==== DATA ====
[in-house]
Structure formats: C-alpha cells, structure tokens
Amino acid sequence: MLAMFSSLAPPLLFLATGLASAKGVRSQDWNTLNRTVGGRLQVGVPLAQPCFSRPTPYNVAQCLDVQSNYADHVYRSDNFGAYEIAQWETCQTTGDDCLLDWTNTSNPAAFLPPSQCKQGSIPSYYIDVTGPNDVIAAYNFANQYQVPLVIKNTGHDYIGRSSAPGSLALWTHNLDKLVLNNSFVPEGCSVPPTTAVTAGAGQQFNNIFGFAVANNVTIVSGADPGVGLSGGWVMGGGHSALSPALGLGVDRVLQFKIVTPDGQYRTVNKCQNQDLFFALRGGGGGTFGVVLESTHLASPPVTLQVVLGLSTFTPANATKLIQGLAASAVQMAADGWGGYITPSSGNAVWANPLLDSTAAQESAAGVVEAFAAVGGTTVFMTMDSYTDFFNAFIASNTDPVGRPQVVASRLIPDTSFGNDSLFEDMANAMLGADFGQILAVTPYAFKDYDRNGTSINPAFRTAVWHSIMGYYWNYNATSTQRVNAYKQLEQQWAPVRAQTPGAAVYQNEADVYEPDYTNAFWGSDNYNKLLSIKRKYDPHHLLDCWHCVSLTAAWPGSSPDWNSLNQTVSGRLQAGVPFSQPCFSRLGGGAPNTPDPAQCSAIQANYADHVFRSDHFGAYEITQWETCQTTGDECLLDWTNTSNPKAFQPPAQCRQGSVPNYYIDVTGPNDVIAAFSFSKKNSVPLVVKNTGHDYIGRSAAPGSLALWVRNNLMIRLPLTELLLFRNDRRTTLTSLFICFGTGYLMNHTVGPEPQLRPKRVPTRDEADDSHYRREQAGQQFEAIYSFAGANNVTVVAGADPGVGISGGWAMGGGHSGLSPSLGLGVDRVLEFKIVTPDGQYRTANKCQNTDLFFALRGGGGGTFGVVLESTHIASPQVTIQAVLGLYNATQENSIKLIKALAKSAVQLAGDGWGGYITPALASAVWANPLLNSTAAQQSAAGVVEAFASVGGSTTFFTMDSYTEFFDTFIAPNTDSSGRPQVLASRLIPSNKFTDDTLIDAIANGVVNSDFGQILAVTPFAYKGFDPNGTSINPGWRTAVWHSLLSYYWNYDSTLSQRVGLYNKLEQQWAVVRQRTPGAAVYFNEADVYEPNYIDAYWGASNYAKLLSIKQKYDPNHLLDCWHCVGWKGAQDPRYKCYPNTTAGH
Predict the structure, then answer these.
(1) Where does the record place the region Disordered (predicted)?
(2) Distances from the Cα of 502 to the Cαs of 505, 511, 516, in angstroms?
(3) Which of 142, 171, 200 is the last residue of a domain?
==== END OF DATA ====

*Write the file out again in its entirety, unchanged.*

[in-house]
Structure formats: C-alpha cells, structure tokens
Amino acid sequence: MLAMFSSLAPPLLFLATGLASAKGVRSQDWNTLNRTVGGRLQVGVPLAQPCFSRPTPYNVAQCLDVQSNYADHVYRSDNFGAYEIAQWETCQTTGDDCLLDWTNTSNPAAFLPPSQCKQGSIPSYYIDVTGPNDVIAAYNFANQYQVPLVIKNTGHDYIGRSSAPGSLALWTHNLDKLVLNNSFVPEGCSVPPTTAVTAGAGQQFNNIFGFAVANNVTIVSGADPGVGLSGGWVMGGGHSALSPALGLGVDRVLQFKIVTPDGQYRTVNKCQNQDLFFALRGGGGGTFGVVLESTHLASPPVTLQVVLGLSTFTPANATKLIQGLAASAVQMAADGWGGYITPSSGNAVWANPLLDSTAAQESAAGVVEAFAAVGGTTVFMTMDSYTDFFNAFIASNTDPVGRPQVVASRLIPDTSFGNDSLFEDMANAMLGADFGQILAVTPYAFKDYDRNGTSINPAFRTAVWHSIMGYYWNYNATSTQRVNAYKQLEQQWAPVRAQTPGAAVYQNEADVYEPDYTNAFWGSDNYNKLLSIKRKYDPHHLLDCWHCVSLTAAWPGSSPDWNSLNQTVSGRLQAGVPFSQPCFSRLGGGAPNTPDPAQCSAIQANYADHVFRSDHFGAYEITQWETCQTTGDECLLDWTNTSNPKAFQPPAQCRQGSVPNYYIDVTGPNDVIAAFSFSKKNSVPLVVKNTGHDYIGRSAAPGSLALWVRNNLMIRLPLTELLLFRNDRRTTLTSLFICFGTGYLMNHTVGPEPQLRPKRVPTRDEADDSHYRREQAGQQFEAIYSFAGANNVTVVAGADPGVGISGGWAMGGGHSGLSPSLGLGVDRVLEFKIVTPDGQYRTANKCQNTDLFFALRGGGGGTFGVVLESTHIASPQVTIQAVLGLYNATQENSIKLIKALAKSAVQLAGDGWGGYITPALASAVWANPLLNSTAAQQSAAGVVEAFASVGGSTTFFTMDSYTEFFDTFIAPNTDSSGRPQVLASRLIPSNKFTDDTLIDAIANGVVNSDFGQILAVTPFAYKGFDPNGTSINPGWRTAVWHSLLSYYWNYDSTLSQRVGLYNKLEQQWAVVRQRTPGAAVYFNEADVYEPNYIDAYWGASNYAKLLSIKQKYDPNHLLDCWHCVGWKGAQDPRYKCYPNTTAGH
Predict the structure, then answer these.
(1) Where does the record place the region Disordered (predicted)?
(2) Distances from the Cα of 502 to the Cαs of 505, 511, 516, in angstroms?
(3) Which of 142, 171, 200 is the last residue of a domain?